FOOD. Find the most desireable food in an area where there is not a lot of hunting pressure and you will likely find some bears. If you are hunting around the snow line, look for south facing avalanche shoots because they can be some of the first places to green up in the spring. You can e-scout for some of these locations by using the historical mapping feature on Google Earth to scroll back in time. During spring bear season in previous years, look where the green ups are occuring on the map and mark the time of year. They just might lead you to a bear on your next hunt.
Is it best to hunt bears during the rut just like whitetails or mule deer?
No, my recommendation would be to try and hunt spring bears before they start rutting hard.You might be able to see a lot of boards during the rut, but they will be covering country looking for sows. Finding them is one thing, but if they are covering ground, it can be extremely difficult to stalk into range for a shot. You are better off hunting bears during a time of year when they feed heavily rather than chase sows (i.e. shortly after coming out of hibernation).
What are some of the best signs to look for?
There are a couple key foods that can be excellent indicators of active or likely bear actively. Some of these include flipped over rocks (indicating feeding), chokecherries, elk calving areas, and wild onions. Some of these are more identifiable to the untrained eye than others, but if you catch a glimpse of any of these in your spotting scope, it may be worth a closer look. Here is a link to a great article on hunting bears in calving areas: https://westernhunter.net/tactics/hunting-bears-in-elk-calving-areas/.
What is the best time of day to hunt bears?
Some of the more experienced bear hunters I know say that bear activity tends to be fairly minimal in the morning. Evenings can be phenomenal, but don’t overlook midday activity. Bears tend to be fairly active midday, especially during times of year when they are feeding heavily.
Is calling a good tactic for bears?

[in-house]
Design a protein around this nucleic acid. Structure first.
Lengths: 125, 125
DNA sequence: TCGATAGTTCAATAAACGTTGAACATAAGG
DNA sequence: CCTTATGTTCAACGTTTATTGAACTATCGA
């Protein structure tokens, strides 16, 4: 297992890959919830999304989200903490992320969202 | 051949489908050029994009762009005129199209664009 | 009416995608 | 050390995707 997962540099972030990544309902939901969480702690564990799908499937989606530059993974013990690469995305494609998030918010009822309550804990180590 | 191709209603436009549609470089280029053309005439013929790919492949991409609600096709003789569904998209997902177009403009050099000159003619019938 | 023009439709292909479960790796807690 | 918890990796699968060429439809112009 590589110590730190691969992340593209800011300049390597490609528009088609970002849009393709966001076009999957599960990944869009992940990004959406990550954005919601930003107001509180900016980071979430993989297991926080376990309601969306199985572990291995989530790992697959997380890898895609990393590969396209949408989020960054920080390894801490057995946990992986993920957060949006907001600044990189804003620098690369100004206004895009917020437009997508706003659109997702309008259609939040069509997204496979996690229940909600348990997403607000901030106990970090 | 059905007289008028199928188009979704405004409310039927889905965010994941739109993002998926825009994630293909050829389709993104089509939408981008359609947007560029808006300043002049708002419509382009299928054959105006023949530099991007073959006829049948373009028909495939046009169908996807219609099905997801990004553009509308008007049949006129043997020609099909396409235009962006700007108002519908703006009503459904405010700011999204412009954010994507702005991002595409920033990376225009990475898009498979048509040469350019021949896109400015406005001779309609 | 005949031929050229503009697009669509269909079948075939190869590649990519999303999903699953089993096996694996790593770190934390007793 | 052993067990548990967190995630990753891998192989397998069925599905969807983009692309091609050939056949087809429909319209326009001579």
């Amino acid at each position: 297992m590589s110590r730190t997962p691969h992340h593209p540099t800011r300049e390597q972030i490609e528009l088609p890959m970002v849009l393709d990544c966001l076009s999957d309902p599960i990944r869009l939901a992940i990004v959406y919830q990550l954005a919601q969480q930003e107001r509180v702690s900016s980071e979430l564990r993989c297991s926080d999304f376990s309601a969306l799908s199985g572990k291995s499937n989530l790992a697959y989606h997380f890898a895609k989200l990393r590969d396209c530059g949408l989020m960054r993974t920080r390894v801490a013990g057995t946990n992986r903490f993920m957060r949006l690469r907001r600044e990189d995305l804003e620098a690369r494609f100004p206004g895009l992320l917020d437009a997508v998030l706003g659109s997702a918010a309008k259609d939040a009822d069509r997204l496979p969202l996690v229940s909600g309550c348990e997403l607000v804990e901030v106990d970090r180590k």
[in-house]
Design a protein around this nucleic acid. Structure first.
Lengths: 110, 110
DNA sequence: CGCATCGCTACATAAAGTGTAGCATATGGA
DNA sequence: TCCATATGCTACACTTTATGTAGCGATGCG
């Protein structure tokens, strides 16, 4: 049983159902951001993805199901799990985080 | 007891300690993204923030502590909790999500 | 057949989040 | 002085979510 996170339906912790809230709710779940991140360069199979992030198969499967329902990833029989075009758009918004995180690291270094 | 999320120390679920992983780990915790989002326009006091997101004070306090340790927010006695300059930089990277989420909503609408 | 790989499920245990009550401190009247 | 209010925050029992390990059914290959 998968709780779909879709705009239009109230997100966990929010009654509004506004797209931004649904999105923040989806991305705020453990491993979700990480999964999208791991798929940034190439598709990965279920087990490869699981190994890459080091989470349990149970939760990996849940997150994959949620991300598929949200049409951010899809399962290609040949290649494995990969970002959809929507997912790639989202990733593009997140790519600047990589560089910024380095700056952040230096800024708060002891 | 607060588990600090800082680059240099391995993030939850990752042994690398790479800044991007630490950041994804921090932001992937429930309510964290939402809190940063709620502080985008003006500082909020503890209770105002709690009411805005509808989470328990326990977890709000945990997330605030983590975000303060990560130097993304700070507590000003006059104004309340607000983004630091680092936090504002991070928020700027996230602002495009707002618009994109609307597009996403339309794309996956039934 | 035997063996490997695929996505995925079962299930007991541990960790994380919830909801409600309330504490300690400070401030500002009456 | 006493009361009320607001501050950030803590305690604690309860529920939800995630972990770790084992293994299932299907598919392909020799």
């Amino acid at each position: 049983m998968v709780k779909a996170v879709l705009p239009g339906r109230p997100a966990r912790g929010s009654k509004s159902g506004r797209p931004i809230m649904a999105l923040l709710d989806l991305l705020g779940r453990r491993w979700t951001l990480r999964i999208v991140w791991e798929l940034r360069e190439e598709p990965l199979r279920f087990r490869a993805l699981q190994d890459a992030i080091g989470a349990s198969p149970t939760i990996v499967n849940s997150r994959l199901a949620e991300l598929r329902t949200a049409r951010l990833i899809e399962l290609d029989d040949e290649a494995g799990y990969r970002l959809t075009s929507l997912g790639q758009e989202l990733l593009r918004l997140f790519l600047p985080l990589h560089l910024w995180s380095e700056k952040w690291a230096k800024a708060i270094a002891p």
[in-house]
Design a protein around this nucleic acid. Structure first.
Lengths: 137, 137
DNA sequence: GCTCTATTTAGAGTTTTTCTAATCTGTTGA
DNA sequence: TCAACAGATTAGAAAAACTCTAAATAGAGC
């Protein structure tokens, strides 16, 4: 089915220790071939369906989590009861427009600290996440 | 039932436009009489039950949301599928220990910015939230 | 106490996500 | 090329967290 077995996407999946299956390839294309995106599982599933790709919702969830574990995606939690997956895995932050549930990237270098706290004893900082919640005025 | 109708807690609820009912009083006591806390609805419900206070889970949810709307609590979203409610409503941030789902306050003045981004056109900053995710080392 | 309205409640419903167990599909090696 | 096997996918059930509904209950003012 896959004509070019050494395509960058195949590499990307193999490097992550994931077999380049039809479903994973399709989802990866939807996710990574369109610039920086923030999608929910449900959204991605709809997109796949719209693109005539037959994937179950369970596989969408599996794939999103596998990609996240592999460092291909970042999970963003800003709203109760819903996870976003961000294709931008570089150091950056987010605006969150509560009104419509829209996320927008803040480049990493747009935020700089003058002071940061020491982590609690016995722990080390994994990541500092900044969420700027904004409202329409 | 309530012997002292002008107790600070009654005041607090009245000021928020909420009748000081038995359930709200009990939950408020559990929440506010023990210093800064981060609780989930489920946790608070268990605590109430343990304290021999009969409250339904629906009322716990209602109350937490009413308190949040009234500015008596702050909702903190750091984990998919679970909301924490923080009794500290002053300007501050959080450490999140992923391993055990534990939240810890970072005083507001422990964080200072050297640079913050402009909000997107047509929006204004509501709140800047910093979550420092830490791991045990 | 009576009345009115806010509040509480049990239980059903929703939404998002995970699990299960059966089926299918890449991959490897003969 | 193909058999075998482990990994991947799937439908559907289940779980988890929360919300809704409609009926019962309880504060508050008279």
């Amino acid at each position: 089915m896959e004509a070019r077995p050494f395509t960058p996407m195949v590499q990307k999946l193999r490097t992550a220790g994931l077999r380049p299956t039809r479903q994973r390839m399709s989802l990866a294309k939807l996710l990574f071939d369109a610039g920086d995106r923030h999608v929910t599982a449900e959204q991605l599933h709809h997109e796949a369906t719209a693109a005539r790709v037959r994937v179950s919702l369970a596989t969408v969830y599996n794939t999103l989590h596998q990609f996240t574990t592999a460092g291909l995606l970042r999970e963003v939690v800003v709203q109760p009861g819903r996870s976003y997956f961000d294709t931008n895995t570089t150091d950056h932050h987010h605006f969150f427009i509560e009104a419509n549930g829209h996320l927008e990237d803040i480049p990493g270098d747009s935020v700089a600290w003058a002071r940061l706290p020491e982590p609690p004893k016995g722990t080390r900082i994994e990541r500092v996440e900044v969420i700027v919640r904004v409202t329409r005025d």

I strongly caution anyone trying to call in black bears with a predator call while in grizzly country. This can be extremely dangerous. Even if you are not in grizzly country, it can still be dangerous if you are in dense black bear country! But yes, it can be a very effective strategy. Spotting and stalking is a much more common strategy, but sometimes if you already know of a nearby bear, having a predator call can help seal the deal. Check out the Gritty Film on Brian Call’s youtube channel. There are some unbelievable hunts on there – two of which are with Ryan Lampers (@sthealthyhunter) and Brian Call (@brian_call) for some giant spring black bears!
Is bear meat even good to eat?
Yes, it is some of the best! Like many animals, bear meat can be specific to the individual bear and what it has been eating. Generally speaking, mountain bears are the best and can have some high quality meat – particularly in the fall. Ryan Lampers likes to reference blueberry bears that he has harvested in the fall. I have not taken one for myself, but he claims it’s some of the most delicious meat you will find anywhere, and can even have a bluish color in some instances from all the blueberries they gorge on that time of year! Also rendering down bear fat into a cooking oil or tallow is becoming more and more popular. It is not as common to find a lot of fat reserves on a spring bear as it is on a fall bear that is fattening up for the winter. One of Ryan’s favorite ways to cook black bear on the mountain is to render some bear fat down in his mini mo jet boil, cube up some bear meat, and cook in the oil.
There is one thing to be cautious of when cooking bear meat, or any predator or scavenging animal, and that’s trichinosis. Always cook bear meat to an internal temperature of 160 degrees Fahrenheit as a precautionary measure, and you don’t have to worry about it.